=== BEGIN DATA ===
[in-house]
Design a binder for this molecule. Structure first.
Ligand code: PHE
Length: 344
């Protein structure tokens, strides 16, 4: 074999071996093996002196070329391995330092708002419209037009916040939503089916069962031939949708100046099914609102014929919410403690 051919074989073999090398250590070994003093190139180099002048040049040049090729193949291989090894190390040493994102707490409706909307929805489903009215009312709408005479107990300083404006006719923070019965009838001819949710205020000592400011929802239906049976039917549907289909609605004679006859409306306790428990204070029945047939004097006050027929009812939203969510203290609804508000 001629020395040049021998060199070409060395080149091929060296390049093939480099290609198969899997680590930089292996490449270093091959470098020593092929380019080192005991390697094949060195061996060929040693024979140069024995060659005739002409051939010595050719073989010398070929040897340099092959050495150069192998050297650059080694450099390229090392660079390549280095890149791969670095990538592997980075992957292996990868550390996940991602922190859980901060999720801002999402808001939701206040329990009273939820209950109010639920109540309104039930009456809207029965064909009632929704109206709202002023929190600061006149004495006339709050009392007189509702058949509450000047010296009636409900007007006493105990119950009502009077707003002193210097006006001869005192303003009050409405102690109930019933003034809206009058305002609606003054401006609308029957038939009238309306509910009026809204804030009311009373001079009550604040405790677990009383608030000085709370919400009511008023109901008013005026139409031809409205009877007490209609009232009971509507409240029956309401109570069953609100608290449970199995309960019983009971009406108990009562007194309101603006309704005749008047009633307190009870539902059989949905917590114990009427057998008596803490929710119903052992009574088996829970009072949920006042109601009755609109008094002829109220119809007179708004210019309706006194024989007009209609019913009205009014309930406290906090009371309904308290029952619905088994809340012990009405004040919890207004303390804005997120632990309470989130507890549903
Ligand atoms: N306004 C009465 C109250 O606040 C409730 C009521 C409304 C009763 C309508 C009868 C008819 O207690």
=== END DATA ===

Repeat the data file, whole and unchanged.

[in-house]
Design a binder for this molecule. Structure first.
Ligand code: PHE
Length: 344
């Protein structure tokens, strides 16, 4: 074999071996093996002196070329391995330092708002419209037009916040939503089916069962031939949708100046099914609102014929919410403690 051919074989073999090398250590070994003093190139180099002048040049040049090729193949291989090894190390040493994102707490409706909307929805489903009215009312709408005479107990300083404006006719923070019965009838001819949710205020000592400011929802239906049976039917549907289909609605004679006859409306306790428990204070029945047939004097006050027929009812939203969510203290609804508000 001629020395040049021998060199070409060395080149091929060296390049093939480099290609198969899997680590930089292996490449270093091959470098020593092929380019080192005991390697094949060195061996060929040693024979140069024995060659005739002409051939010595050719073989010398070929040897340099092959050495150069192998050297650059080694450099390229090392660079390549280095890149791969670095990538592997980075992957292996990868550390996940991602922190859980901060999720801002999402808001939701206040329990009273939820209950109010639920109540309104039930009456809207029965064909009632929704109206709202002023929190600061006149004495006339709050009392007189509702058949509450000047010296009636409900007007006493105990119950009502009077707003002193210097006006001869005192303003009050409405102690109930019933003034809206009058305002609606003054401006609308029957038939009238309306509910009026809204804030009311009373001079009550604040405790677990009383608030000085709370919400009511008023109901008013005026139409031809409205009877007490209609009232009971509507409240029956309401109570069953609100608290449970199995309960019983009971009406108990009562007194309101603006309704005749008047009633307190009870539902059989949905917590114990009427057998008596803490929710119903052992009574088996829970009072949920006042109601009755609109008094002829109220119809007179708004210019309706006194024989007009209609019913009205009014309930406290906090009371309904308290029952619905088994809340012990009405004040919890207004303390804005997120632990309470989130507890549903
Ligand atoms: N306004 C009465 C109250 O606040 C409730 C009521 C409304 C009763 C309508 C009868 C008819 O207690």